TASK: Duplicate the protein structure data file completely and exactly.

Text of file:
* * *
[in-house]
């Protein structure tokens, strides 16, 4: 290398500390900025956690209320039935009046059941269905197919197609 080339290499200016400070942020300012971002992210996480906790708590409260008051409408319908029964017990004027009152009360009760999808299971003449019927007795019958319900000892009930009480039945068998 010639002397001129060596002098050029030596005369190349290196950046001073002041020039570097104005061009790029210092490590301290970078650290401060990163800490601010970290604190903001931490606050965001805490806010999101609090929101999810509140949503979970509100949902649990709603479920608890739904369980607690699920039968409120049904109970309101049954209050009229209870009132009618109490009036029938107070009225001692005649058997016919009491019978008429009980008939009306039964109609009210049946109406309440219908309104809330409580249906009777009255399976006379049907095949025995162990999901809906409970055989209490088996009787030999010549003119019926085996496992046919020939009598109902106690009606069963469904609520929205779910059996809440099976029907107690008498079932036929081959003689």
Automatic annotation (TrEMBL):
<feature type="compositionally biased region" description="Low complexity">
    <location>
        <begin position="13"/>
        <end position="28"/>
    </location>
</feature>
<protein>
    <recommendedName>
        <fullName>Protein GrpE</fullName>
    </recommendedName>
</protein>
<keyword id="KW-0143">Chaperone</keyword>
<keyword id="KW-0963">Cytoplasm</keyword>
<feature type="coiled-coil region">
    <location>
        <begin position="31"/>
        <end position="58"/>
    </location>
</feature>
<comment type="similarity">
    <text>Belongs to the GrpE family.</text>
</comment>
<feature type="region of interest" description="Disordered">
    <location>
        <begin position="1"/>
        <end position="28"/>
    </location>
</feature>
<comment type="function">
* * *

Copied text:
[in-house]
């Protein structure tokens, strides 16, 4: 290398500390900025956690209320039935009046059941269905197919197609 080339290499200016400070942020300012971002992210996480906790708590409260008051409408319908029964017990004027009152009360009760999808299971003449019927007795019958319900000892009930009480039945068998 010639002397001129060596002098050029030596005369190349290196950046001073002041020039570097104005061009790029210092490590301290970078650290401060990163800490601010970290604190903001931490606050965001805490806010999101609090929101999810509140949503979970509100949902649990709603479920608890739904369980607690699920039968409120049904109970309101049954209050009229209870009132009618109490009036029938107070009225001692005649058997016919009491019978008429009980008939009306039964109609009210049946109406309440219908309104809330409580249906009777009255399976006379049907095949025995162990999901809906409970055989209490088996009787030999010549003119019926085996496992046919020939009598109902106690009606069963469904609520929205779910059996809440099976029907107690008498079932036929081959003689």
Automatic annotation (TrEMBL):
<feature type="compositionally biased region" description="Low complexity">
    <location>
        <begin position="13"/>
        <end position="28"/>
    </location>
</feature>
<protein>
    <recommendedName>
        <fullName>Protein GrpE</fullName>
    </recommendedName>
</protein>
<keyword id="KW-0143">Chaperone</keyword>
<keyword id="KW-0963">Cytoplasm</keyword>
<feature type="coiled-coil region">
    <location>
        <begin position="31"/>
        <end position="58"/>
    </location>
</feature>
<comment type="similarity">
    <text>Belongs to the GrpE family.</text>
</comment>
<feature type="region of interest" description="Disordered">
    <location>
        <begin position="1"/>
        <end position="28"/>
    </location>
</feature>
<comment type="function">